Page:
John Banim

(1798-1842 / Ireland)

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Best Poem of John Banim

The Irish Soldier

The Irish soldier, cast for fight,
Stood to his arms at dead of night,
Watching the east, until its ray
To the battle--field should show his way;--
Soldier, soldier, soldier brave,
You will fight though they call you slave,
And though you but help a bandit hand
Uncheck'd to kill in your native land.

The soldier thought on his chance of doom--
How the trampled sod might be his tomb--
How, in evening's dusk, his sightless stare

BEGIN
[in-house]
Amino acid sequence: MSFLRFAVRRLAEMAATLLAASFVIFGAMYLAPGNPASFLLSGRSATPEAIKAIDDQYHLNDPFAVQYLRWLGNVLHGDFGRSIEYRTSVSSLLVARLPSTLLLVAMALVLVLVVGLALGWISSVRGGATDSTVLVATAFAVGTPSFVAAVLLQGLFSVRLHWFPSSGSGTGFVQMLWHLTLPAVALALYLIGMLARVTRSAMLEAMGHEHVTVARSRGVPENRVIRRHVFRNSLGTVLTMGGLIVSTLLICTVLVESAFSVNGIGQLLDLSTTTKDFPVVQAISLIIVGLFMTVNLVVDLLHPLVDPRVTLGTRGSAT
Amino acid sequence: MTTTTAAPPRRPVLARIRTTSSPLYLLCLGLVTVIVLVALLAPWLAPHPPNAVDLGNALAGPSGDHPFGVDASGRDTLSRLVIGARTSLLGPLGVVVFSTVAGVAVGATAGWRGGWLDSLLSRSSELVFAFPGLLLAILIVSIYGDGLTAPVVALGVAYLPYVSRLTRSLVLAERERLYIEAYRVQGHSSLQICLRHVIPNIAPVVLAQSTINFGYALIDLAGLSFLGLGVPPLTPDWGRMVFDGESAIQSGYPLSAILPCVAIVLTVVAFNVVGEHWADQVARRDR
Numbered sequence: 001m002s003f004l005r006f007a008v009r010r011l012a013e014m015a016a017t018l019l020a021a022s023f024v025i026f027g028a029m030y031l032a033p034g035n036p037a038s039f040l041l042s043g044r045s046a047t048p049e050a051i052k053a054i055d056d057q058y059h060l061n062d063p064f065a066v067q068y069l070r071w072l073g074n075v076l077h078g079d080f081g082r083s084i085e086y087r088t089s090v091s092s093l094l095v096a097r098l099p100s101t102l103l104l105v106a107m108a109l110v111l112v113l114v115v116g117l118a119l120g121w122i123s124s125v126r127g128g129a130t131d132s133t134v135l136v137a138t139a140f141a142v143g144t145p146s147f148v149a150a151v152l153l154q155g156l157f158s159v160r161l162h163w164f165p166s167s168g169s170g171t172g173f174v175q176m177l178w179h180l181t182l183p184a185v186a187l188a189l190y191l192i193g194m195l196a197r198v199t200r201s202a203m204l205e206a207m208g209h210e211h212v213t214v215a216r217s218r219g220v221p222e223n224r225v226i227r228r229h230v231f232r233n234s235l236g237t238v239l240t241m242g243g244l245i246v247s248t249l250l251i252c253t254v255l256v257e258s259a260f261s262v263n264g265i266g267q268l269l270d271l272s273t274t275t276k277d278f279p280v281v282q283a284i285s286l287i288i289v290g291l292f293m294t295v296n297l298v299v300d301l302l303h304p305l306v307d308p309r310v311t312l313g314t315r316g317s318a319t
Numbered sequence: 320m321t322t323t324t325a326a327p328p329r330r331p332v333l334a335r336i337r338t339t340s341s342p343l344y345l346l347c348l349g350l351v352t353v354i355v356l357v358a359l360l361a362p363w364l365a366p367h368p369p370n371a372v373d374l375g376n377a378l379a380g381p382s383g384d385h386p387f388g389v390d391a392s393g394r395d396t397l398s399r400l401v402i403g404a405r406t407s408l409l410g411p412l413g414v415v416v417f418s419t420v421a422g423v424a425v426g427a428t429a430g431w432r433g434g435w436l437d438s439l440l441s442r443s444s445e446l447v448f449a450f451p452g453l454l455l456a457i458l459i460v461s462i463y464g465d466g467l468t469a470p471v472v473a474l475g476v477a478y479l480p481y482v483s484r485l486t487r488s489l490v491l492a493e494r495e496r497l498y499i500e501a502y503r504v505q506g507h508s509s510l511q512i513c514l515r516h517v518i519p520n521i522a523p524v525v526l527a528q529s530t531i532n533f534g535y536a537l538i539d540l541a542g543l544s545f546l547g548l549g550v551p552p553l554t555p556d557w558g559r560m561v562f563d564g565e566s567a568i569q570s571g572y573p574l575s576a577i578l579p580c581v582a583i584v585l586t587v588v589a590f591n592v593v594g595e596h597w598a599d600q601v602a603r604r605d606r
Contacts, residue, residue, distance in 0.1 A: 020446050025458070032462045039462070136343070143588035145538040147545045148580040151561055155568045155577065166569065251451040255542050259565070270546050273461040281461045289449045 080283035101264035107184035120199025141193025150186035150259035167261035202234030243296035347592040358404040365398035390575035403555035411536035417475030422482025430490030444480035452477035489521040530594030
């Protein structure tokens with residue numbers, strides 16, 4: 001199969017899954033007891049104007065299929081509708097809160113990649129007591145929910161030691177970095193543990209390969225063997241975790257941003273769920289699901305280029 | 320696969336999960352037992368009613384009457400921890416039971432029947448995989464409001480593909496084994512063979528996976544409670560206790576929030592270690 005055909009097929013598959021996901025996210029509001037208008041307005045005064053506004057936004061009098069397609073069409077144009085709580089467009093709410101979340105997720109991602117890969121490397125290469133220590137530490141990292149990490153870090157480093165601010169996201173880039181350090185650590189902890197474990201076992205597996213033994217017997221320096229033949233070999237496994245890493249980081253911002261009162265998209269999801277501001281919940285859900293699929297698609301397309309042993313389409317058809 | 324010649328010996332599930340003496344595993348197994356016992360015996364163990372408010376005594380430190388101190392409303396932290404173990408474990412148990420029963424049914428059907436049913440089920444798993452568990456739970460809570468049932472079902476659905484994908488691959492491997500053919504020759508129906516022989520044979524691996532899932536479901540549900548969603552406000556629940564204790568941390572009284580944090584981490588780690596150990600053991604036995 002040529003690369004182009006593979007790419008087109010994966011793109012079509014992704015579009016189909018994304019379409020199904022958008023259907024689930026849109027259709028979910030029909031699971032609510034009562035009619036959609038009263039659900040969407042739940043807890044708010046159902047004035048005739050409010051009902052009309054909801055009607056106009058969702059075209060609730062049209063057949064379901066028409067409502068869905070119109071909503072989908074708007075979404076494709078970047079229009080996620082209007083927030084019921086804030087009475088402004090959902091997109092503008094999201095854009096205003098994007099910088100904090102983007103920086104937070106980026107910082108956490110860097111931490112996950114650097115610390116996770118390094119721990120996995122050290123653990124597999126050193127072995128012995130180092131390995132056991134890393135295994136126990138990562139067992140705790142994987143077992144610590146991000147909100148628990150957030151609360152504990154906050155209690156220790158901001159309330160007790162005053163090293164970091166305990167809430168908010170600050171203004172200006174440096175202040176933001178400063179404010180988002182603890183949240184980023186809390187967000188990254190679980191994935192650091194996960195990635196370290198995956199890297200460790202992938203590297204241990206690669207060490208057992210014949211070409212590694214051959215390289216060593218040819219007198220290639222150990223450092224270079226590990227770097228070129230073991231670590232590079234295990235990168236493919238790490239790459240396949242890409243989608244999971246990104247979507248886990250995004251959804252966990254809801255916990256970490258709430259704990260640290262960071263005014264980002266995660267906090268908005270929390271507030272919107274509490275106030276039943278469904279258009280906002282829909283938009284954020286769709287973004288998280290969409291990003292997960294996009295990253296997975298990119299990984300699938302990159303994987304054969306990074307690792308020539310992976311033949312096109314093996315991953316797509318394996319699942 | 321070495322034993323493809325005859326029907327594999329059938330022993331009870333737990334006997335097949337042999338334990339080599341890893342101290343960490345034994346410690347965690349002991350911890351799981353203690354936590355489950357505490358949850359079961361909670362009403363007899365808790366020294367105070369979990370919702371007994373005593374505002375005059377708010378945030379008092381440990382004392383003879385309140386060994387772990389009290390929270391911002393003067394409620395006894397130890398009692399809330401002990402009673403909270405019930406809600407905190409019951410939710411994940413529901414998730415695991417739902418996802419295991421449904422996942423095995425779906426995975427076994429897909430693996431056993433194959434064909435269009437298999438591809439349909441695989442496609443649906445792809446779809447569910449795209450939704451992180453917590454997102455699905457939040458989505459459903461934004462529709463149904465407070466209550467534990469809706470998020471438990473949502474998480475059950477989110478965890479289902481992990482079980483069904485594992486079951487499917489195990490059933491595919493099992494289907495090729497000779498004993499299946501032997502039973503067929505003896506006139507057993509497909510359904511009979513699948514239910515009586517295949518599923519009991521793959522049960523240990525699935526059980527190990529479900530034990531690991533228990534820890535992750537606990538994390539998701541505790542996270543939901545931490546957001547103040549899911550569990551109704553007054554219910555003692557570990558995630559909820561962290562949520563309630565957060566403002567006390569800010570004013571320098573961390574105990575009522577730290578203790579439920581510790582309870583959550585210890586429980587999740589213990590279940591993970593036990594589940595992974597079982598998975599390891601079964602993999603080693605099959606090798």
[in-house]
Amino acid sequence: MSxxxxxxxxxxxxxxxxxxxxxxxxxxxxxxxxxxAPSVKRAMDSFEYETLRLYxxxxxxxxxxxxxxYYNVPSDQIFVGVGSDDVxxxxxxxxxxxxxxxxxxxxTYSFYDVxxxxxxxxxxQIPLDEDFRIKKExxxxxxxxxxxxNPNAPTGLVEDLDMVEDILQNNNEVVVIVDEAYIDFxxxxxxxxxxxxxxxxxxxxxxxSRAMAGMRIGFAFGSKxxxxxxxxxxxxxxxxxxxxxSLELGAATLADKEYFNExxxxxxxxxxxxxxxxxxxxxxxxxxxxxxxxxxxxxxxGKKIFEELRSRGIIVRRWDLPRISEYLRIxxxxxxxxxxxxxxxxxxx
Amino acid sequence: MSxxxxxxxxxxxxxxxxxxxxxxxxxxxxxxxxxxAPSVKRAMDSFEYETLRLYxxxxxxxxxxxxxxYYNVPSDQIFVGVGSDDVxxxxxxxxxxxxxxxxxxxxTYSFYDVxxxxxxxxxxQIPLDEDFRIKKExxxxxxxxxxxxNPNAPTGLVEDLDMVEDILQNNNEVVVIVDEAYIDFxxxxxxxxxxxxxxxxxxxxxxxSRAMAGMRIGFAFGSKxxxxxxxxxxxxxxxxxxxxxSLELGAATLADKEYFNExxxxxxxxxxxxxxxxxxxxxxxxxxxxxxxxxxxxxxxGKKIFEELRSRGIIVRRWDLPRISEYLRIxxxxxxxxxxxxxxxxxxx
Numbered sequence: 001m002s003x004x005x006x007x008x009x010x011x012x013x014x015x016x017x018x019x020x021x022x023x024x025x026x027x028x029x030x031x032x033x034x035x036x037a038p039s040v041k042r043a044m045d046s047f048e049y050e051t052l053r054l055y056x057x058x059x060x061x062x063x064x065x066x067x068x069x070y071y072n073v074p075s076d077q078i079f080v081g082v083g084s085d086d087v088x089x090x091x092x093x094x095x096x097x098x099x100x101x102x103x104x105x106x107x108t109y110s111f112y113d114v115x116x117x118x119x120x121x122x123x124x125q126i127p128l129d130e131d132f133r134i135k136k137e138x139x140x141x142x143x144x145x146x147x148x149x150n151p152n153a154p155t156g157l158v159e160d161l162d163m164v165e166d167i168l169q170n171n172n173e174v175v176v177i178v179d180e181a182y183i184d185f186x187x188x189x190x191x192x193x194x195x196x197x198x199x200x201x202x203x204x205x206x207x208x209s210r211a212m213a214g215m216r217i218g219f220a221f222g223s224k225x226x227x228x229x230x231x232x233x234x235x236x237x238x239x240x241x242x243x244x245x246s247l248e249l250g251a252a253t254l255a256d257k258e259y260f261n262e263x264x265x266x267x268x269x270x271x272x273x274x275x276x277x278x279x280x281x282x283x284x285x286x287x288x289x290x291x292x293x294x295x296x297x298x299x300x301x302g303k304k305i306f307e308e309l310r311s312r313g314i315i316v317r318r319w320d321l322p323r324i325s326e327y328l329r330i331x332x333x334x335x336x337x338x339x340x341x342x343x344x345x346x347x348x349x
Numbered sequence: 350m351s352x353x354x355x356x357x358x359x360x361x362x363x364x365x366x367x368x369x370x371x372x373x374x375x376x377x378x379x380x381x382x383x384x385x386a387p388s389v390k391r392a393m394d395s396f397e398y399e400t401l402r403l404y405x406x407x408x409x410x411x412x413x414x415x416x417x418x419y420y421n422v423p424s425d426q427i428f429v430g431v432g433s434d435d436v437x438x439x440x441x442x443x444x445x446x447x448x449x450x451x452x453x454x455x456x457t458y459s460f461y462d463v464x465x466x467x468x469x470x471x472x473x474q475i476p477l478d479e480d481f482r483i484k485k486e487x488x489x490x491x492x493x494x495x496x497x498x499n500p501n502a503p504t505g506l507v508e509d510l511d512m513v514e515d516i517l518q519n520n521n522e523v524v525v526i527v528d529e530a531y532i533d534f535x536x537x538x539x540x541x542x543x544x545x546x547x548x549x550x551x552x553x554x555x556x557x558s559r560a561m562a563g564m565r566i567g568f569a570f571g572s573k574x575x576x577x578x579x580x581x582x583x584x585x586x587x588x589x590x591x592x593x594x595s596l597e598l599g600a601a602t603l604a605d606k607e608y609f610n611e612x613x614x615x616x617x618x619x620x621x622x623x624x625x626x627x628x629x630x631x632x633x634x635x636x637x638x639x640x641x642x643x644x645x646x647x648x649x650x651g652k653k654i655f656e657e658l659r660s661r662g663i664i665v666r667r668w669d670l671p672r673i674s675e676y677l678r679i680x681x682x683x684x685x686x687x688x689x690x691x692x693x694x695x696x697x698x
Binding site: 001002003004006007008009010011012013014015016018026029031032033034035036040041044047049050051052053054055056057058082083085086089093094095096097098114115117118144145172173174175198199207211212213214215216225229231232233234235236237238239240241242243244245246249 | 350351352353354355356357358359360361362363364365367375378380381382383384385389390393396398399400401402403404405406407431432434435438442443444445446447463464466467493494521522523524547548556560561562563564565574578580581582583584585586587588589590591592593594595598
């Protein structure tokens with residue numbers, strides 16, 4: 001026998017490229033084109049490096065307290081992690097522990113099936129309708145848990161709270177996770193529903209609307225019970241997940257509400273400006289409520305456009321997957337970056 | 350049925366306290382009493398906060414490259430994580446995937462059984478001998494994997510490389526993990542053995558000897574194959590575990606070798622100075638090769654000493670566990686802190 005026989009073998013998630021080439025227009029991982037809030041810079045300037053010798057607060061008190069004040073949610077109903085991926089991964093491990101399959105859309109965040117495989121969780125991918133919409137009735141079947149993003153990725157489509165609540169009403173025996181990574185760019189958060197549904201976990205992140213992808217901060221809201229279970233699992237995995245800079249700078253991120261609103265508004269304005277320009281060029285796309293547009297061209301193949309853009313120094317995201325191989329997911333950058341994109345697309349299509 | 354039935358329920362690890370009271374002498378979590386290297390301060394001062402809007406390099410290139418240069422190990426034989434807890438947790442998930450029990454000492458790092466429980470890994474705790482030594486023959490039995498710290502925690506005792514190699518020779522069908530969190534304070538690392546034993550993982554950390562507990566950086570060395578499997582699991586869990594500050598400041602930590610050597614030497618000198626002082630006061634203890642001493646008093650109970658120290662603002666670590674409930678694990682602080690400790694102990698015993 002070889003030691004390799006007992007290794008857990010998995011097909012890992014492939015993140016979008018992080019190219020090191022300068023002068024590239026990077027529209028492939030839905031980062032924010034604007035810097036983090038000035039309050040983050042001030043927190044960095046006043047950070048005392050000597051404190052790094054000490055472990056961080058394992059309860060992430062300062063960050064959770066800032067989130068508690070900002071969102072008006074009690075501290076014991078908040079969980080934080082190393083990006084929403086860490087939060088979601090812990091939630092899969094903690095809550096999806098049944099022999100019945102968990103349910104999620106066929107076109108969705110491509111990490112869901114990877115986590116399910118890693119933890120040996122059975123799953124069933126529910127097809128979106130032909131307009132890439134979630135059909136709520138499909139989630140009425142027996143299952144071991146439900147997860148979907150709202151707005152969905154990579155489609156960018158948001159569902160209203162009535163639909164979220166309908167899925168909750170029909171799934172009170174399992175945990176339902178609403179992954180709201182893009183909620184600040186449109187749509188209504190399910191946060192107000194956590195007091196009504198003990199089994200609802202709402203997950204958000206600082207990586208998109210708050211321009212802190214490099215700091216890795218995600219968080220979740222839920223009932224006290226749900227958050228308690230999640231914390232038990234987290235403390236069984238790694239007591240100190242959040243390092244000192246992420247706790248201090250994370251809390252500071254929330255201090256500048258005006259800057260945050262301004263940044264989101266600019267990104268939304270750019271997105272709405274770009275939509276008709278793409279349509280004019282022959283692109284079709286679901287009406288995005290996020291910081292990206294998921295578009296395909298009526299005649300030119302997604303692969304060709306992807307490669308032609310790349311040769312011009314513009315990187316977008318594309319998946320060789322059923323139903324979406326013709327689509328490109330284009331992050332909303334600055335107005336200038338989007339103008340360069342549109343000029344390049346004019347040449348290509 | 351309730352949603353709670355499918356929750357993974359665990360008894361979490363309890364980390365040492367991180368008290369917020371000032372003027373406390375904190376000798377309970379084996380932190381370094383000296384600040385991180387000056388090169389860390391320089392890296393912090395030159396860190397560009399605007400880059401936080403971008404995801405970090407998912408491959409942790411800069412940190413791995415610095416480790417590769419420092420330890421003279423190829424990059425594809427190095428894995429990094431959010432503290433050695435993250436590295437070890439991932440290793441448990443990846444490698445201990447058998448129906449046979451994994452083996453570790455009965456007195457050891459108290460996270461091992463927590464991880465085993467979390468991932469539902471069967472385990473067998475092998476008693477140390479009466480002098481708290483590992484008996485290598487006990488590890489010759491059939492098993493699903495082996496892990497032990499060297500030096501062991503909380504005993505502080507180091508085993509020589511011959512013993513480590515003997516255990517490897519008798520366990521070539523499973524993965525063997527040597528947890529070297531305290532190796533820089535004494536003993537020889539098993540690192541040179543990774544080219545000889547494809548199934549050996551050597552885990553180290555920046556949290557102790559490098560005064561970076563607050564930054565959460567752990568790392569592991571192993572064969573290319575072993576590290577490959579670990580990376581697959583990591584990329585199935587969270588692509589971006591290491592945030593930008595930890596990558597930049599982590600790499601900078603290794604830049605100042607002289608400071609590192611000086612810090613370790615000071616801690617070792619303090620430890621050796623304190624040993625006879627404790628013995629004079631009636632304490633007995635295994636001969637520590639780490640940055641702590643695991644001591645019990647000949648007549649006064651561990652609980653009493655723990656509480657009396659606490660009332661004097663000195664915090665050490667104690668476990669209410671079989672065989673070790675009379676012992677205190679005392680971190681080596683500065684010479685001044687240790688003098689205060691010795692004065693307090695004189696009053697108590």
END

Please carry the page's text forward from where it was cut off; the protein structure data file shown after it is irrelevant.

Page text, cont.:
To the small pale stars might upward glare;--
Soldier, soldier, soldier brave,
You will fight though you think of the ...

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The Irish Priest’s Song

[Note: Air--``The Brown Irish Girl;'' Or, ``By the lake whose gloomy shore.'']

Men who for the land do toil,
Humble brethren of our soil,
Charms or spells we did not wind
O'er your independent mind;
Priestly frown, or bigot threat,
From your priests ye have not met;
True, we call'd ye forth--what then!

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